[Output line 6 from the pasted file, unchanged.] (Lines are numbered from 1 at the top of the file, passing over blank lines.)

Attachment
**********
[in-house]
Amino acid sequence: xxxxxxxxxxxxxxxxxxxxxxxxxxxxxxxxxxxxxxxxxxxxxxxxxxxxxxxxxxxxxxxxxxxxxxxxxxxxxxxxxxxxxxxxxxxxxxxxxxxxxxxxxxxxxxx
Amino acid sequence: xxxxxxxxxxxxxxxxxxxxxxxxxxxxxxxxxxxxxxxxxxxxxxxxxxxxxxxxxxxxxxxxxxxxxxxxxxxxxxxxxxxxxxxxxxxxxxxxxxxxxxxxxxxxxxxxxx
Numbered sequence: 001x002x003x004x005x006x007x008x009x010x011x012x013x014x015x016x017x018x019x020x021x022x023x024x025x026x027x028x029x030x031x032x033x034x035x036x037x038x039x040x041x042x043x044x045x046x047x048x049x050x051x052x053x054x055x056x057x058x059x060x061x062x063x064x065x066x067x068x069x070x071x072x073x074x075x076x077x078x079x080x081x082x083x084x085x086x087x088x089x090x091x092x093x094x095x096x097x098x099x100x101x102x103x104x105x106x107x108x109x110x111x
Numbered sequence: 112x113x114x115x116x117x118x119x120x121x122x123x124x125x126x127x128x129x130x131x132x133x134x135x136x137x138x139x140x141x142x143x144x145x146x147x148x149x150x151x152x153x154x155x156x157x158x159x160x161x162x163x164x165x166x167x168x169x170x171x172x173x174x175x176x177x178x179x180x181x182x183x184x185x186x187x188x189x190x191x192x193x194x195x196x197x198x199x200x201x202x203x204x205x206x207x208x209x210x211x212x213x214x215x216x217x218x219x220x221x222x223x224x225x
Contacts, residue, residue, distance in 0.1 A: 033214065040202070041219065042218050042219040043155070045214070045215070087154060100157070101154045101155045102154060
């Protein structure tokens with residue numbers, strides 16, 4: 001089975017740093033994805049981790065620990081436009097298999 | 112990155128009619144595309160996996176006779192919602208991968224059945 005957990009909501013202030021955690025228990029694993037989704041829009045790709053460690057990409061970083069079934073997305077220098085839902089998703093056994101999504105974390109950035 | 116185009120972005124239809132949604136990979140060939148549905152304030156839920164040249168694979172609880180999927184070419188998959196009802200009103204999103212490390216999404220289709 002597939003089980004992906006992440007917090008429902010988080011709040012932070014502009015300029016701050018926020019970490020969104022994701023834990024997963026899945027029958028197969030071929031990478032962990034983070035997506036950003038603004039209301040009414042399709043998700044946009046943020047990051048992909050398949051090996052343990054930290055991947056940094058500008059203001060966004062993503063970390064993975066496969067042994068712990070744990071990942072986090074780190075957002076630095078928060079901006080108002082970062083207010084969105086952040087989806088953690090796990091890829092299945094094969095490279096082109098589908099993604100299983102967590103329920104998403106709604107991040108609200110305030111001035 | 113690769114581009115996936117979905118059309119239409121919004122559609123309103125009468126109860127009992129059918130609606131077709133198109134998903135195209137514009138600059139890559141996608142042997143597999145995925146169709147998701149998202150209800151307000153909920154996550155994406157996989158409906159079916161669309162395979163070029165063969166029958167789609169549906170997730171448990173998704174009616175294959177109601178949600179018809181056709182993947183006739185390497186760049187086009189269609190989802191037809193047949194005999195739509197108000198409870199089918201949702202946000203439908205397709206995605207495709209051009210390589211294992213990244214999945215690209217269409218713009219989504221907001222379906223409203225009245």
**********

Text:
Contacts, residue, residue, distance in 0.1 A: 033214065040202070041219065042218050042219040043155070045214070045215070087154060100157070101154045101155045102154060